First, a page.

Defining the Midwest Wine Tourist
There’s no denying that the Midwest wine tourism phenomena is real. Visiting a regional winery is a genuine experience that consumers, especially urban consumers, savor.
Identifying the exact appeal of a Midwest winery trip is difficult. To me, regional wine represents a reconnection to the American core values of self-reliance and self-sufficiency on a local level. A regional winery is one of the few remaining places where consumers can enjoy an artisan product and see firsthand both the people and the plants that produce it.
Now Dr. Dan McCole of Michigan State University (MSU) has completed scientific studies that bring the motives and behavior of the Midwest wine tourist into clearer focus. Before discussing the findings of Dr. McCole’s research, it’s important to note that the continuation of his work for the Northern Grapes Project depends on passage of a farm bill pending in Congress. After reading what Dr. McCole and his team at MSU have discovered, I think you will agree that his work is worthwhile.
The findings in this article are the result of multiple surveys done by Dr. McCole, Dr. Don Holocek and graduate student Anna Popp. (Popp personally conducted hundreds of interviews with tasting room visitors. We sometimes forget how much work graduate students do for very little compensation.)
One finding of the MSU research is that the primary purpose of a winery visit for almost 80% of Michigan respondents is something other than purchasing wine. In fact, the MSU studies found that the most popular reason for visiting a winery was to “have a relaxing day out.”
According to McCole, the Midwest wine tourist is not necessarily a serious wine drinker. “Midwest wineries are different and we suspect that the reasons why visitors travel to Midwest regional wine areas are different than the reasons people travel to Napa Valley or the Finger Lakes. There is a difference between a “wine drinker” and a “wine tourist” in the Midwest we believe.”
MSU’s findings contradict the popular assumption that millenialls are driving Midwest wine tourism. The largest age group for Michigan wine tourists is actually ages 51-60. Young adults were the second largest age demographic for Michigan tasting room visits.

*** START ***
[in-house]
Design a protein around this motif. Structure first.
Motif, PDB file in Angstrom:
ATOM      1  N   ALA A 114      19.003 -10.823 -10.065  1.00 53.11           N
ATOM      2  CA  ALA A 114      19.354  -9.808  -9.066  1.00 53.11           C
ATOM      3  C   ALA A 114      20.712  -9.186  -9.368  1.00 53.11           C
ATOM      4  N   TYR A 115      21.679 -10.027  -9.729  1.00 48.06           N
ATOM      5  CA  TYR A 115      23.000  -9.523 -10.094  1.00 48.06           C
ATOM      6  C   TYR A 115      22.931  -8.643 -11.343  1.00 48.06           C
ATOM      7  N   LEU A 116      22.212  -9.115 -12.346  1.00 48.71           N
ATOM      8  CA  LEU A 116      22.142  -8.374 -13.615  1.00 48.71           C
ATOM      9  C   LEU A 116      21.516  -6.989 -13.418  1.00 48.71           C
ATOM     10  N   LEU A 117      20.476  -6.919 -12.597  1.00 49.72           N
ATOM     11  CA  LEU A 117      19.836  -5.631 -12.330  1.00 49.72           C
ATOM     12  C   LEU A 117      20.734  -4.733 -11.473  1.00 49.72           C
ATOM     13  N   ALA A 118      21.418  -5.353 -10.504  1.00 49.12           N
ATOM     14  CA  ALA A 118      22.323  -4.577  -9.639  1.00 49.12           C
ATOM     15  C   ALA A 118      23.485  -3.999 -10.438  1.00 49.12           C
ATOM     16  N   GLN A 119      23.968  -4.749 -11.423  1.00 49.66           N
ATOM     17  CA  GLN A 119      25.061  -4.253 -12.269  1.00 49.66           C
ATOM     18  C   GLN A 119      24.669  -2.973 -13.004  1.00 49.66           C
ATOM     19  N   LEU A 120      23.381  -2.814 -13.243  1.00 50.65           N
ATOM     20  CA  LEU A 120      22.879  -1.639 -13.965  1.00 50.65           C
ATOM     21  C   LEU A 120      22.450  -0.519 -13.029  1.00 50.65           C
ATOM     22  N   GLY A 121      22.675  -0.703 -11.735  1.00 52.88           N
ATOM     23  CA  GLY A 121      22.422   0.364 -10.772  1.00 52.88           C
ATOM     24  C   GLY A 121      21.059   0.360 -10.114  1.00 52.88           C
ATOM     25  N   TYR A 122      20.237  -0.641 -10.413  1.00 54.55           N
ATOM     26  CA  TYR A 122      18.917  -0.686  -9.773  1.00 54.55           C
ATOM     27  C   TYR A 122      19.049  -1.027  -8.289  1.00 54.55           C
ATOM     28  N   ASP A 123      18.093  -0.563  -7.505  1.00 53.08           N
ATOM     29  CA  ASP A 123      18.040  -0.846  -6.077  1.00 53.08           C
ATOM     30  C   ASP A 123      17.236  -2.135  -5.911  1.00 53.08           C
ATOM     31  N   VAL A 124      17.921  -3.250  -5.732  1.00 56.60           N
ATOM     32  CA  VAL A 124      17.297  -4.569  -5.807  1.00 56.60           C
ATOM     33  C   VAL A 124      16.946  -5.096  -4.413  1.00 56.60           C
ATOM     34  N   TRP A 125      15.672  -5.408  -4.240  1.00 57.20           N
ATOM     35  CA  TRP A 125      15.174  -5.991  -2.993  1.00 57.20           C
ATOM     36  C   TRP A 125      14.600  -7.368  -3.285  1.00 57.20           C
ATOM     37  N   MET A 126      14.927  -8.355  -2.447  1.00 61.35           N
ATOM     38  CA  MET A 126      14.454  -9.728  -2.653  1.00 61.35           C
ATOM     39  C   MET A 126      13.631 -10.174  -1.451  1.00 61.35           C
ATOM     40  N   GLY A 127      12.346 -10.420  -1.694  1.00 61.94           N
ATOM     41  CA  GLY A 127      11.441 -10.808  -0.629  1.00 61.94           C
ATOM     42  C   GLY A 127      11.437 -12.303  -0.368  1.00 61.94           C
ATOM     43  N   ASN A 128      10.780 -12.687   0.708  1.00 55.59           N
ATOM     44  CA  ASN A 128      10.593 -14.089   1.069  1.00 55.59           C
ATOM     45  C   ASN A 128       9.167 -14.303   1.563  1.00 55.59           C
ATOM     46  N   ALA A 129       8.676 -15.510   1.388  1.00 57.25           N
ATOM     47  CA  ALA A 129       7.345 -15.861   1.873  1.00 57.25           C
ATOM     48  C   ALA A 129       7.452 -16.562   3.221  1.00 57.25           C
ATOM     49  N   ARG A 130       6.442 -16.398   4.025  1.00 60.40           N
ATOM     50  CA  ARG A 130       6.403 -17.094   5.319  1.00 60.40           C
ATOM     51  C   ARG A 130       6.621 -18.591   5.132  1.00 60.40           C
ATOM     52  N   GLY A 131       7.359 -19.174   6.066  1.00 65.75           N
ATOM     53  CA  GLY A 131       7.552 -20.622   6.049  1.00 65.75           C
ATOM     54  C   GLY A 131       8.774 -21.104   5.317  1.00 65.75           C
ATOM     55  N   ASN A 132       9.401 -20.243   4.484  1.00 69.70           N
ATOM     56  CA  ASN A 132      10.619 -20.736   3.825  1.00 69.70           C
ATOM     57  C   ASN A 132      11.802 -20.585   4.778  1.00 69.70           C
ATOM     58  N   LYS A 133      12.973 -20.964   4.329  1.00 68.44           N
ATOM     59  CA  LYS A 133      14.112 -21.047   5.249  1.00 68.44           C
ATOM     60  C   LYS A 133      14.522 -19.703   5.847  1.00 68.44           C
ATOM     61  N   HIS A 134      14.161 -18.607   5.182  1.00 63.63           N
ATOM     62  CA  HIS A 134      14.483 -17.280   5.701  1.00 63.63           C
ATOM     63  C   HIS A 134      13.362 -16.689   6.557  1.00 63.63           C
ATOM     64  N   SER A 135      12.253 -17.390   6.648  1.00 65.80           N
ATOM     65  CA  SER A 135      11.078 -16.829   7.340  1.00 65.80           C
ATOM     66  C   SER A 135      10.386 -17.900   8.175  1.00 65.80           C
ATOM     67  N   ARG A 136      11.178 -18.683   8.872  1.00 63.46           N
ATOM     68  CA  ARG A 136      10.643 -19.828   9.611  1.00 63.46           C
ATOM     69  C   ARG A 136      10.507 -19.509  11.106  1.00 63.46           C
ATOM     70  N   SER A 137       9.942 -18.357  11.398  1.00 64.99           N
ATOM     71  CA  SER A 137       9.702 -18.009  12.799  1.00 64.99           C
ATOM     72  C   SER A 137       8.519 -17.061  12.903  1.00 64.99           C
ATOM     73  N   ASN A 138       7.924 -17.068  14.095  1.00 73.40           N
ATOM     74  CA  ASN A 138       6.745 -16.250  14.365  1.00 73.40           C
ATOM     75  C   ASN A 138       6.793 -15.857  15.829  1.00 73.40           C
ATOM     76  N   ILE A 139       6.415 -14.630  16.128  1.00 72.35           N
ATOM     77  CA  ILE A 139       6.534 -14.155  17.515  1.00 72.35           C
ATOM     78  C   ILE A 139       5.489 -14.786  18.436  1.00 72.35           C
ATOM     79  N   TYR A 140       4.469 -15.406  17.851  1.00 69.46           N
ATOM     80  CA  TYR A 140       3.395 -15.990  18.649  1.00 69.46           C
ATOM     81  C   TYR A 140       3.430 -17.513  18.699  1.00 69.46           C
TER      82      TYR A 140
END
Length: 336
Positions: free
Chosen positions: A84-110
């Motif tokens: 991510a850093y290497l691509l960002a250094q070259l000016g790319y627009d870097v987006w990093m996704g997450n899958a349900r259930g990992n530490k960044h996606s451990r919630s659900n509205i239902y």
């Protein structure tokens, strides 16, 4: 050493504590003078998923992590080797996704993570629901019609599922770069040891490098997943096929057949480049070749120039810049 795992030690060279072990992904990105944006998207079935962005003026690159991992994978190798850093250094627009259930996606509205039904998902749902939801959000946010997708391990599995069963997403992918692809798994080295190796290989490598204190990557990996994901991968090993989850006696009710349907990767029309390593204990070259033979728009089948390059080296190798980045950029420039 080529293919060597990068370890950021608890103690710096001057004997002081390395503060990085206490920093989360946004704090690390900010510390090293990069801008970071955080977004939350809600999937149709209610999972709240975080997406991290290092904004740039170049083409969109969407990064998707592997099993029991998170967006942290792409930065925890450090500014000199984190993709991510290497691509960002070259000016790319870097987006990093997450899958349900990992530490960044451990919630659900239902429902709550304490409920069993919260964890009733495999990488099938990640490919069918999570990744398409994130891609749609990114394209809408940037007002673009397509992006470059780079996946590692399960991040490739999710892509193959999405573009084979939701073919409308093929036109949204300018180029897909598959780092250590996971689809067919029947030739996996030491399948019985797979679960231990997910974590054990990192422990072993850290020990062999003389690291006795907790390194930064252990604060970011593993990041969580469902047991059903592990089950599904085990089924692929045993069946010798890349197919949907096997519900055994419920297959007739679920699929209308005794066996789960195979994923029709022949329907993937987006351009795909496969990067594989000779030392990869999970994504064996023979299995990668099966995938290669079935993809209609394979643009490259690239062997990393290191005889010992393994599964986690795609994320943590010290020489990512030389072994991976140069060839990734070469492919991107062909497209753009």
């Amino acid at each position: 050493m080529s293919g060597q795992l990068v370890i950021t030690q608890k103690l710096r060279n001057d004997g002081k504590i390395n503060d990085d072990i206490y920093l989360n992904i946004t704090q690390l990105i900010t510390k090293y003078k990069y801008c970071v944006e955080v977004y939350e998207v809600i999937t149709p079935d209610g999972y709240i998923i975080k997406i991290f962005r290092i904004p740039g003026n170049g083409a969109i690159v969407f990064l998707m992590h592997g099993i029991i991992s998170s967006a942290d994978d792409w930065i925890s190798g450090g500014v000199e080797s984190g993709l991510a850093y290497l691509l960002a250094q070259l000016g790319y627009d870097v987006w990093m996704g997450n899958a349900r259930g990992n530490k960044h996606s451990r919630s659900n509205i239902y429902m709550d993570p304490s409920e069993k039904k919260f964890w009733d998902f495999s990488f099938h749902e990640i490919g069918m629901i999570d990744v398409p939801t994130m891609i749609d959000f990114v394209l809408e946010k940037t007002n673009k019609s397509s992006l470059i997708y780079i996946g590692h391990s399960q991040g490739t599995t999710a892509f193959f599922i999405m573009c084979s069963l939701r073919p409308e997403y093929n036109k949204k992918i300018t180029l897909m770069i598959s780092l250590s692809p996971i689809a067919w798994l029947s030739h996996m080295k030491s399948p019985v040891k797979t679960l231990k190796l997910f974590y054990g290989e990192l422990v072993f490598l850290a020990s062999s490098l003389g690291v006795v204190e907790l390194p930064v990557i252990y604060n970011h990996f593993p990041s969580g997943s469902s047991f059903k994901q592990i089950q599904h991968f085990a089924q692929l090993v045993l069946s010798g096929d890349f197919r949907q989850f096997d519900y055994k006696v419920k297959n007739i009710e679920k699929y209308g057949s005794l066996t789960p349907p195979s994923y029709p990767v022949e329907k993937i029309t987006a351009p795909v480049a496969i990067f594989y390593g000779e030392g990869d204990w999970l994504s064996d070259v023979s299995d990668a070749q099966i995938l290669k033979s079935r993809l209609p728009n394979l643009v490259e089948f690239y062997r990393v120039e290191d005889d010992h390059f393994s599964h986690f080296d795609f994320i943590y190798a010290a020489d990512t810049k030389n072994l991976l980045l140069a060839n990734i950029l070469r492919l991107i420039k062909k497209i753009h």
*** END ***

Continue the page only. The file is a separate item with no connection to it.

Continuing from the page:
The money being spent on Michigan wine excursions is significant, so it’s not surprising that winery visitors are older. Mc Cole found that the average amount spent during a Michigan wine trip is $780 and respondents bought an average of 7.4 bottles of wine at $16.50 a bottle.
One interesting finding of Mc Cole’s study is that people are willing to spend considerably more for a bottle of wine at a winery than at a retail store. When asked how much they typically pay per bottle for wine consumed at home, over two-thirds of respondents indicated that they spent less than $12 per bottle. However, the MSU study found that average cost of a bottle of wine purchased at a tasting room is $16.50.
McCole said that he’s not sure why people will pay more for wine at tasting rooms, but he does not think that the reason is because the wine is not available at home. “People are not always going to regional tasting rooms to purchase wine,” he said. “Based on what our respondents said, they buy wine more as a souvenir or as a way to remember the trip to the winery.”
One take away from the studies that surprised Dr. McCole is that only 7% of respondents visit wineries to learn about wine. “If people are going to wineries primarily to socialize or to have fun, then tasting rooms and wineries should be designed with this in mind; a lot of people are not visiting for wine education,” he said.
The MSU research indicates that consumers recognize ongoing improvements in Michigan wine quality. 60% of respondents felt Michigan wines were equal to or better than California wine and only 17% thought Michigan wines are inferior to California.
65% of Michigan wine consumers also said they’d tasted wines made from cold hardy grapes and 42% said they like cold hardy varietals “a lot.” However, cold climate wine name recognition is very low. Edelweiss was tops in hybrid grape familiarity with respondents, but only 17% recognized the varietal.